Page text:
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How to write successful funding applications

By Antony Wallace who runs our ‘Writing Successful Bids‘ workshop.

Writing, submitting and securing grant funding for your organisation can be a stressful experience; where do you start, what do you write, how do you get across the importance of a project / idea that you passionately believe in and once funded and up and running will make a significant difference to peoples’ lives?

Here are five tips to make sure your energy and resources are focussed on what does work:

You are selling a solution to a problem

Funders want to know how the money they allocate will be spent, your proposed solution, how the project / idea will be implemented and what happens if plans go wrong. Your application must clearly explain this to the funder in a way that is coherent, easy to follow and which can be measured and translated into a measurable project plan to measure success against.

You must convince funders there’s a problem to solve

Almost all funders will ask you to explain what problem you are trying to solve and what evidence you are basing this on. This is a really critical section. Funders want to ensure their money is being spent wisely so you need to prove there is a need. Although this can be secondary evidence such as available data and reports produced by a 3rd party, it’s always so much more persuasive where you can describe and demonstrate first hand evidence (surveys, questionnaires, etc) of the need your project / idea.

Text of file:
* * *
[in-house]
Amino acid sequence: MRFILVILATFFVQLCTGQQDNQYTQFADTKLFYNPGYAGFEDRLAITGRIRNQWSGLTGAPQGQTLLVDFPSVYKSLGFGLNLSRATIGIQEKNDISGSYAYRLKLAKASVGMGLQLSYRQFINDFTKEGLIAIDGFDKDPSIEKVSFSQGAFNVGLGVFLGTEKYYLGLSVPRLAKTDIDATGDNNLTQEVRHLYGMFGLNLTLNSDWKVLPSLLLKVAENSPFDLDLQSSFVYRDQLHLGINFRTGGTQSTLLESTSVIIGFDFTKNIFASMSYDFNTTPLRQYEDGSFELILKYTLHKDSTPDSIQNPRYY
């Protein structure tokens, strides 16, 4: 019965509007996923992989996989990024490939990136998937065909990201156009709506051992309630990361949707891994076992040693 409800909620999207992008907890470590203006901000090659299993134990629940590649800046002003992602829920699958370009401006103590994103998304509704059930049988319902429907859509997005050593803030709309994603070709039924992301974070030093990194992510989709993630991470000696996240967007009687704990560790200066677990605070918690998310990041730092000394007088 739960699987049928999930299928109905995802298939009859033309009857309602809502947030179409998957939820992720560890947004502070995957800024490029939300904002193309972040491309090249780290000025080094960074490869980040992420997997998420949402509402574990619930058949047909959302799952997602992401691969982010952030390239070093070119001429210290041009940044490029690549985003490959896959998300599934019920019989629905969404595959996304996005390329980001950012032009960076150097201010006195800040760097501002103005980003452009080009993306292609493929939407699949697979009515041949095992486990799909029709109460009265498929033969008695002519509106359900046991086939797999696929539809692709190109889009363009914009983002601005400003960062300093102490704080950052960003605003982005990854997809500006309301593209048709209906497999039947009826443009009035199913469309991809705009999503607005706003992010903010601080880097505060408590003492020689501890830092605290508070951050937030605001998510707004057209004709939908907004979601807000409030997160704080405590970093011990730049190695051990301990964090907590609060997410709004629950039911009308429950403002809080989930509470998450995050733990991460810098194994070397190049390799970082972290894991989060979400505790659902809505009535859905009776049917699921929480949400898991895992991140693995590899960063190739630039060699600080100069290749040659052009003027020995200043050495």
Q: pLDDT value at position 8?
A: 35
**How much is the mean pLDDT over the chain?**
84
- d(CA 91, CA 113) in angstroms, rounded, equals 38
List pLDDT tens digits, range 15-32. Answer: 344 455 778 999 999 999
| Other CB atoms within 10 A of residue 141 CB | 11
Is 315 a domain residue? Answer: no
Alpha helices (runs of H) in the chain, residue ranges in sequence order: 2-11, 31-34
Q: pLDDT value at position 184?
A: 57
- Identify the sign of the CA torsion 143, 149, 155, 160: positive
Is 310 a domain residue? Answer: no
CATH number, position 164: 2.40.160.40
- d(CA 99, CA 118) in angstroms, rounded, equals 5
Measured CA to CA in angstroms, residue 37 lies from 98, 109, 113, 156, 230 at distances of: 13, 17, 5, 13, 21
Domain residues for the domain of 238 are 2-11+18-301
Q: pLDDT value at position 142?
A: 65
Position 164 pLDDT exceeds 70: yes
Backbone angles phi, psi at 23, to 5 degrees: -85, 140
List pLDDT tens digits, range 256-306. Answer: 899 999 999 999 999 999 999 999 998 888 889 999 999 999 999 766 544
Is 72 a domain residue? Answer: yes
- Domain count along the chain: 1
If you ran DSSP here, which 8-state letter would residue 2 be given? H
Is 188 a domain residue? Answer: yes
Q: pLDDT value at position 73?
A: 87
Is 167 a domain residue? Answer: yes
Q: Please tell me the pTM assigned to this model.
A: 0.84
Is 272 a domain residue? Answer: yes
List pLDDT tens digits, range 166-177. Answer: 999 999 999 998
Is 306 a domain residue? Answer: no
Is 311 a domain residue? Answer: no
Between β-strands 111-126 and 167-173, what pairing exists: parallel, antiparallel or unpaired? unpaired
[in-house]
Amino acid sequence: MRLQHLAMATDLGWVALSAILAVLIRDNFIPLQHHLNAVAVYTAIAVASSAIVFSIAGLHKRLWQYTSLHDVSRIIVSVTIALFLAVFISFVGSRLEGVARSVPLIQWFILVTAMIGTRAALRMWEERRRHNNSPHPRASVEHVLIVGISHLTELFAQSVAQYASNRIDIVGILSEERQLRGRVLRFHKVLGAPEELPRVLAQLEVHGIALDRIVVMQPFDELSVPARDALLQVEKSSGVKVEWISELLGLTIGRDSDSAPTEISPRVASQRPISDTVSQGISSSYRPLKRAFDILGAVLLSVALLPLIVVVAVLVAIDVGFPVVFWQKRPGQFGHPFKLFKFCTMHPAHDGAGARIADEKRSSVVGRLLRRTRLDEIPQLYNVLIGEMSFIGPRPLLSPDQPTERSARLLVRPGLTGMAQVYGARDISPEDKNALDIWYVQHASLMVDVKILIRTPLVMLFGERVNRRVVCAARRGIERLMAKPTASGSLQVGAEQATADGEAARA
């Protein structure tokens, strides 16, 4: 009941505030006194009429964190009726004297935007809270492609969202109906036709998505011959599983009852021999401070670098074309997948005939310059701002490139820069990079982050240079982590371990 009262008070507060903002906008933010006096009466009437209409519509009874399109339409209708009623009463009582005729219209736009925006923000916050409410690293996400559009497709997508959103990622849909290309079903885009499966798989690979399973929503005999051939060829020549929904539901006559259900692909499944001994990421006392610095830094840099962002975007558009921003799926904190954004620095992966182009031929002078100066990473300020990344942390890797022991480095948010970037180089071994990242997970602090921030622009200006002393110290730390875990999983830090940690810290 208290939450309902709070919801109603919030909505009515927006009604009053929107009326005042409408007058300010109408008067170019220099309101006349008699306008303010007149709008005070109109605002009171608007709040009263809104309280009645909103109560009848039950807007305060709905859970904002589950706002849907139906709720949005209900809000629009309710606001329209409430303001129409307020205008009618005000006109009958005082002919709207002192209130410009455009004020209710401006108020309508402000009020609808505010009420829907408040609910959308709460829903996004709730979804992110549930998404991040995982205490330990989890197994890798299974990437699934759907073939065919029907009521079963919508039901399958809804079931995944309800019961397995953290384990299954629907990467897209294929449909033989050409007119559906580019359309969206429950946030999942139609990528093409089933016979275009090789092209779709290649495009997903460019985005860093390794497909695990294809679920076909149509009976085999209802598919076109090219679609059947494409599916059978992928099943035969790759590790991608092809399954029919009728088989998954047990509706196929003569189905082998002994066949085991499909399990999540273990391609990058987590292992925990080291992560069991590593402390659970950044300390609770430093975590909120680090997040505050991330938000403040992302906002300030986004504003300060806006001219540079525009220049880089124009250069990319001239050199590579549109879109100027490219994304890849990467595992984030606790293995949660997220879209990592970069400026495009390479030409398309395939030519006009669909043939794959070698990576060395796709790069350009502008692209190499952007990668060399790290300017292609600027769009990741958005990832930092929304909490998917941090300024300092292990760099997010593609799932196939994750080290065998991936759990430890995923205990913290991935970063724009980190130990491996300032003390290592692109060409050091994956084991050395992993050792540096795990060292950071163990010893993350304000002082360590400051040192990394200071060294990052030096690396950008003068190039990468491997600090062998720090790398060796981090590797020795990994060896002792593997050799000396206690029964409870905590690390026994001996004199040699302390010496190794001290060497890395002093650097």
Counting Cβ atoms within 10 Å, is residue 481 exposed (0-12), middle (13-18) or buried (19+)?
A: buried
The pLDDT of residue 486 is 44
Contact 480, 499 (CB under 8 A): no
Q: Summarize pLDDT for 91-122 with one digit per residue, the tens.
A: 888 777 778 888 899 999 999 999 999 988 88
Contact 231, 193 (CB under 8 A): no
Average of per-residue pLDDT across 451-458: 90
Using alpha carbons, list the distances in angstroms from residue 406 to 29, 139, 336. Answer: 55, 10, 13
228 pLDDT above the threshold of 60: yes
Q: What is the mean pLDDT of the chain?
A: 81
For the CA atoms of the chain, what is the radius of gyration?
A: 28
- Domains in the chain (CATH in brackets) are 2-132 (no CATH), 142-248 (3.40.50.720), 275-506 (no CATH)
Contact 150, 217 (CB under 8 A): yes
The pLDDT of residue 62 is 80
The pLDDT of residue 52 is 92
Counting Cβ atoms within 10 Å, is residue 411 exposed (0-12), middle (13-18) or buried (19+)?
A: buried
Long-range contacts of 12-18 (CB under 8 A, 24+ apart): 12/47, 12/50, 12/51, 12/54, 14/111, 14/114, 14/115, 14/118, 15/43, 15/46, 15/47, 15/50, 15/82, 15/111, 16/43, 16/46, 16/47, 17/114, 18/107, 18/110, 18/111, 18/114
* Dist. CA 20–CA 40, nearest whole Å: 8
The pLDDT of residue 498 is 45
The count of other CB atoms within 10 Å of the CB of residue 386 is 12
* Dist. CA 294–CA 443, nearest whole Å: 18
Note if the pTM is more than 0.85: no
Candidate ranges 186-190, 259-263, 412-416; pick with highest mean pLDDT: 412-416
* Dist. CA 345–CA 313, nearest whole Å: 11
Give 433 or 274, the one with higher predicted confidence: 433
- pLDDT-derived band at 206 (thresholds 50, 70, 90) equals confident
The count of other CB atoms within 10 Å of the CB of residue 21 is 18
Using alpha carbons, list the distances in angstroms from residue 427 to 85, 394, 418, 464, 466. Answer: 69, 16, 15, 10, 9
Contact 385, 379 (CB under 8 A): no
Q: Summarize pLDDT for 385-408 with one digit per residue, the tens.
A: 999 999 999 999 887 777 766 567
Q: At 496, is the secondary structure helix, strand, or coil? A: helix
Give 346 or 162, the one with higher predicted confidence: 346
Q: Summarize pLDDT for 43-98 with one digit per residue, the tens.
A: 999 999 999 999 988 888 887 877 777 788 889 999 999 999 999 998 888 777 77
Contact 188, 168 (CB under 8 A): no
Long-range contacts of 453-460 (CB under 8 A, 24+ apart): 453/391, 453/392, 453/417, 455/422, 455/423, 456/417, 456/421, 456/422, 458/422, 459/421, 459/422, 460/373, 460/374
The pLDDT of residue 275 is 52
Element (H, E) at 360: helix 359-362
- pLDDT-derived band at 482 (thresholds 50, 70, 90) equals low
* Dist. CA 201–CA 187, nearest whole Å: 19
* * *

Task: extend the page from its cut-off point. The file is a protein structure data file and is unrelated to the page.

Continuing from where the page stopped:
Have a clear and realistic budget

I always stress that you should do this really early on because it will focus you on what your project can and CAN’T deliver within the funder’s budget. If the funder has a maximum of £10,000, you can employ 1 person on minimum wage for 12 months but nothing else! What do you need to buy to make the project a success, what can you cutback on and how long will the project take?

Don’t bend your project to breaking point to fit a funder, find a different funder

Finding funding is highly competitive but that should never mean you compromise your project / idea so that it fits a funder’s priority. You’ll just have to find a different funder that does recognise the problem you are trying to solve. Time spent researching potential funders who do value what you want to achieve is never wasteful, these must become your absolute focus.

Less is always more

A maximum word or character limit is not a target. If you can make your point within 80% of the word count that’s a sign of being articulate. Waffling always loses you points. Similarly, unnecessarily complex words and excessive lengthy sentences never convinces a funder; quite the reverse it makes them nervous about your ability to articulate complex ideas in an accessible and easy to understand format. With anything from 50-200 funding applications to read, a funder wants to understand your ideas quickly by reading concise explanations.

Find out more at our Introduction to Writing Successful Bids workshop


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